California Attorney General Submits Proposed Final CCPA Regulations and Affirms That Enforcement Begins July 1
The Office of the Attorney General of California submitted proposed final regulations under the California Consumer Privacy Act of 2018 (the CCPA) to the California Office of Administrative Law (OAL) on June 1. The CCPA has been in effect since January 1, and despite business disruptions caused by the COVID-19 pandemic, AG Xavier Becerra has confirmed that he will begin enforcing the law on July 1, 2020. OAL has 30 working days plus an additional 60 calendar days to review the regulations for procedural compliance with California’s Administrative Procedure Act. Once approved by the OAL, the regulations will be filed with the Secretary of State and become enforceable by law. The AG has asked OAL to expedite its review of the proposed regulations to 30 days so that the regulations will become effective by July 1.
We have previously written about the CCPA here and the draft here. This alert summarizes some of the modifications between the final regulations and the initial draft regulations proposed by the AG’s Office in October 2019, including changes to the disclosures that businesses are required to make when they collect personal information, the time requirement for those disclosures, the CCPA’s restrictions on the sale of personal information, the procedures for responding to requests from consumers who want to exercise their CCPA rights, and the requirement to protect certain records relating to CCPA compliance. As discussed below, we recommend that businesses implement these changes in their own CCPA compliance programs immediately.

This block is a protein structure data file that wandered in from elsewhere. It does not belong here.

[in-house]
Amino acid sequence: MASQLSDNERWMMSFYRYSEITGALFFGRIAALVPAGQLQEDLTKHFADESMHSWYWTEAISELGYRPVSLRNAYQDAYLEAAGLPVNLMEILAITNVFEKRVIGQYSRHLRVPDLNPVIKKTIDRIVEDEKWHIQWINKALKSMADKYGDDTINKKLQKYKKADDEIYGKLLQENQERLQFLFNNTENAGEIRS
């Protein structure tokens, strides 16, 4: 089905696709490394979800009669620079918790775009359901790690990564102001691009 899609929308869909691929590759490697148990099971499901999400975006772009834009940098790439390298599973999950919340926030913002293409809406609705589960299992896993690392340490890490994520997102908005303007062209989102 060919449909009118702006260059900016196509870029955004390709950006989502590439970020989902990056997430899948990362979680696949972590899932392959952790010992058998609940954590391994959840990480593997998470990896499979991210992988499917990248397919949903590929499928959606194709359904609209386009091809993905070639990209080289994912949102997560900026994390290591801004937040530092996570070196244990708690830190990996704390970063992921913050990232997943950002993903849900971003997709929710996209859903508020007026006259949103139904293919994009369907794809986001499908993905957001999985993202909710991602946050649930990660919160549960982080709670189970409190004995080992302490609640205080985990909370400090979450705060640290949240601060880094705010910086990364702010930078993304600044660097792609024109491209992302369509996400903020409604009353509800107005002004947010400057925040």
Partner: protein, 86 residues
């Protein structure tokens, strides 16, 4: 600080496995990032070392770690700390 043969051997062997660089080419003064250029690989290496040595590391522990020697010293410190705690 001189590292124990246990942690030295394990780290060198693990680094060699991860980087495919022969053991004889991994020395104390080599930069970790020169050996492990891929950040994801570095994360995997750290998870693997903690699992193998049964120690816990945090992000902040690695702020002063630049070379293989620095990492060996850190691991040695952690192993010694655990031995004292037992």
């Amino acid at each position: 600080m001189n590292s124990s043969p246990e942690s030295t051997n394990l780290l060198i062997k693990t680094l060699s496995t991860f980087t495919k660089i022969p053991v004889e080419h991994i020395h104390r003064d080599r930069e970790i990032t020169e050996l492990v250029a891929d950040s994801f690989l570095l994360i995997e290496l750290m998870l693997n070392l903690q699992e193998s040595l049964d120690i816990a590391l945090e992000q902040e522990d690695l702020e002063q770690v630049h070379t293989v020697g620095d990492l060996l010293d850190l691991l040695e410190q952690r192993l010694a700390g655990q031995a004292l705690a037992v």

The final regulations clarify that every business subject to the CCPA must provide privacy policies to consumers. Businesses must also disclose the categories of sources from which they collect consumers’ personal information and the categories of third parties with whom the business shares personal information. The regulations also clarify that “categories of sources” mean groupings of persons or entities including the consumer directly, advertising networks, internet service providers, data analytics providers, operating systems and platforms, social networks, and data brokers. The regulation’s expand on the definition of “categories of third parties” in a similar way. These modifications make clear that businesses must provide granular information to consumers to show how businesses are obtaining and disclosing their data.
Time of Disclosure
Under the regulations, businesses must provide “timely notice” at or before the “point” of collection of the personal information from the consumer, which may be electronic or in-person. Thus, the requirement encompasses both temporal and physical proximity to the collection of personal information. The regulations include examples illustrating how businesses can make the notices readily available to consumers depending upon how the business is collecting information. For example, when a business collects information through a mobile app, the regulations suggest providing the notice on the app’s download page or settings menu.
Restriction on the Sale of Personal Information
The regulations provide that businesses may not sell any personal information they collect during any time they had not posted a notice of the right to opt-out, unless they obtain the consumer’s affirmative consent for the sale.